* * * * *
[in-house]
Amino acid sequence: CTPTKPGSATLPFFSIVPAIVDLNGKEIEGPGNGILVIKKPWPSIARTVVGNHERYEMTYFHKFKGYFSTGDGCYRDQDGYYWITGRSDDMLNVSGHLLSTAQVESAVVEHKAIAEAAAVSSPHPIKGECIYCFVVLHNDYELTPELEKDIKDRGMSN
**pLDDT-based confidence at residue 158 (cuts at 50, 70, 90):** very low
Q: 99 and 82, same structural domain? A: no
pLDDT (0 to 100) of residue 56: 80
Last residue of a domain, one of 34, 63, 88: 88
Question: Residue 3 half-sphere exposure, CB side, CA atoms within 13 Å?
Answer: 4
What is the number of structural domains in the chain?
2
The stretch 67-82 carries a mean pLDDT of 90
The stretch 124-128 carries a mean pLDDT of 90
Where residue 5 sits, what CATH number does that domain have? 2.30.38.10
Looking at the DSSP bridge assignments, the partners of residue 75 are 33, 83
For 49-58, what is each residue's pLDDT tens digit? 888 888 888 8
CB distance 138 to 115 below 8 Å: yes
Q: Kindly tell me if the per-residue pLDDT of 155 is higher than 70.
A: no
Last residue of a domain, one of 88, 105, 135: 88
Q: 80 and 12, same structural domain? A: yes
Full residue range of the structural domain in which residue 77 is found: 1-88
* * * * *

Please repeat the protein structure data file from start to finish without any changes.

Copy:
[in-house]
Amino acid sequence: CTPTKPGSATLPFFSIVPAIVDLNGKEIEGPGNGILVIKKPWPSIARTVVGNHERYEMTYFHKFKGYFSTGDGCYRDQDGYYWITGRSDDMLNVSGHLLSTAQVESAVVEHKAIAEAAAVSSPHPIKGECIYCFVVLHNDYELTPELEKDIKDRGMSN
**pLDDT-based confidence at residue 158 (cuts at 50, 70, 90):** very low
Q: 99 and 82, same structural domain? A: no
pLDDT (0 to 100) of residue 56: 80
Last residue of a domain, one of 34, 63, 88: 88
Question: Residue 3 half-sphere exposure, CB side, CA atoms within 13 Å?
Answer: 4
What is the number of structural domains in the chain?
2
The stretch 67-82 carries a mean pLDDT of 90
The stretch 124-128 carries a mean pLDDT of 90
Where residue 5 sits, what CATH number does that domain have? 2.30.38.10
Looking at the DSSP bridge assignments, the partners of residue 75 are 33, 83
For 49-58, what is each residue's pLDDT tens digit? 888 888 888 8
CB distance 138 to 115 below 8 Å: yes
Q: Kindly tell me if the per-residue pLDDT of 155 is higher than 70.
A: no
Last residue of a domain, one of 88, 105, 135: 88
Q: 80 and 12, same structural domain? A: yes
Full residue range of the structural domain in which residue 77 is found: 1-88